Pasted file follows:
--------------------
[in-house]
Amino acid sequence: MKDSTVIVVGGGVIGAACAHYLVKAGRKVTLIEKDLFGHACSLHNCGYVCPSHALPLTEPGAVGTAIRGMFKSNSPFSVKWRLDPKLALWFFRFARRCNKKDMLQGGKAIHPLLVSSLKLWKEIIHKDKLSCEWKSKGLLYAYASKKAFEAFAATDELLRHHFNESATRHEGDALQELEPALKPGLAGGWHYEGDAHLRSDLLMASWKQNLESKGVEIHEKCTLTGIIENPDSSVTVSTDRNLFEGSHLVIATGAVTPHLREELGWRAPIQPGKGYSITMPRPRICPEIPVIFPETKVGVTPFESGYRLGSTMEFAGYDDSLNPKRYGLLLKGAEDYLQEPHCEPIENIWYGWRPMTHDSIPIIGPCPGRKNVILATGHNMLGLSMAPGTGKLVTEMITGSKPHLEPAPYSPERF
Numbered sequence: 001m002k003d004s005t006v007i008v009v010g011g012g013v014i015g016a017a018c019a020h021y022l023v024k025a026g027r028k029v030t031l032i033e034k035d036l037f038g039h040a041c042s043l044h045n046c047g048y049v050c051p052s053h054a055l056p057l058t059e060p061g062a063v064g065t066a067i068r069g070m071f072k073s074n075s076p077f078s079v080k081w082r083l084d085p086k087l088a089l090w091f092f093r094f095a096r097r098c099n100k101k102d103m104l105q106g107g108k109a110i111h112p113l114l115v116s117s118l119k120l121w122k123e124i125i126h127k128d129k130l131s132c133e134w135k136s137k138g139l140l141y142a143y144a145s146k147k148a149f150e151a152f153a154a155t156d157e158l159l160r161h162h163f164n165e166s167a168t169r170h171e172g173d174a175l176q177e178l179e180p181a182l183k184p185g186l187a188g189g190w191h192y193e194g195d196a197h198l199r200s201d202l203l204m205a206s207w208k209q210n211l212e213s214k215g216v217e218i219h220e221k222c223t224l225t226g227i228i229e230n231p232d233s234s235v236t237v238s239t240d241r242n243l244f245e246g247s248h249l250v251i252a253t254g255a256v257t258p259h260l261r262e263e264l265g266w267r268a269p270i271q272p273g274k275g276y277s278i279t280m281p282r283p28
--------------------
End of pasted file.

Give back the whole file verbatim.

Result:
[in-house]
Amino acid sequence: MKDSTVIVVGGGVIGAACAHYLVKAGRKVTLIEKDLFGHACSLHNCGYVCPSHALPLTEPGAVGTAIRGMFKSNSPFSVKWRLDPKLALWFFRFARRCNKKDMLQGGKAIHPLLVSSLKLWKEIIHKDKLSCEWKSKGLLYAYASKKAFEAFAATDELLRHHFNESATRHEGDALQELEPALKPGLAGGWHYEGDAHLRSDLLMASWKQNLESKGVEIHEKCTLTGIIENPDSSVTVSTDRNLFEGSHLVIATGAVTPHLREELGWRAPIQPGKGYSITMPRPRICPEIPVIFPETKVGVTPFESGYRLGSTMEFAGYDDSLNPKRYGLLLKGAEDYLQEPHCEPIENIWYGWRPMTHDSIPIIGPCPGRKNVILATGHNMLGLSMAPGTGKLVTEMITGSKPHLEPAPYSPERF
Numbered sequence: 001m002k003d004s005t006v007i008v009v010g011g012g013v014i015g016a017a018c019a020h021y022l023v024k025a026g027r028k029v030t031l032i033e034k035d036l037f038g039h040a041c042s043l044h045n046c047g048y049v050c051p052s053h054a055l056p057l058t059e060p061g062a063v064g065t066a067i068r069g070m071f072k073s074n075s076p077f078s079v080k081w082r083l084d085p086k087l088a089l090w091f092f093r094f095a096r097r098c099n100k101k102d103m104l105q106g107g108k109a110i111h112p113l114l115v116s117s118l119k120l121w122k123e124i125i126h127k128d129k130l131s132c133e134w135k136s137k138g139l140l141y142a143y144a145s146k147k148a149f150e151a152f153a154a155t156d157e158l159l160r161h162h163f164n165e166s167a168t169r170h171e172g173d174a175l176q177e178l179e180p181a182l183k184p185g186l187a188g189g190w191h192y193e194g195d196a197h198l199r200s201d202l203l204m205a206s207w208k209q210n211l212e213s214k215g216v217e218i219h220e221k222c223t224l225t226g227i228i229e230n231p232d233s234s235v236t237v238s239t240d241r242n243l244f245e246g247s248h249l250v251i252a253t254g255a256v257t258p259h260l261r262e263e264l265g266w267r268a269p270i271q272p273g274k275g276y277s278i279t280m281p282r283p28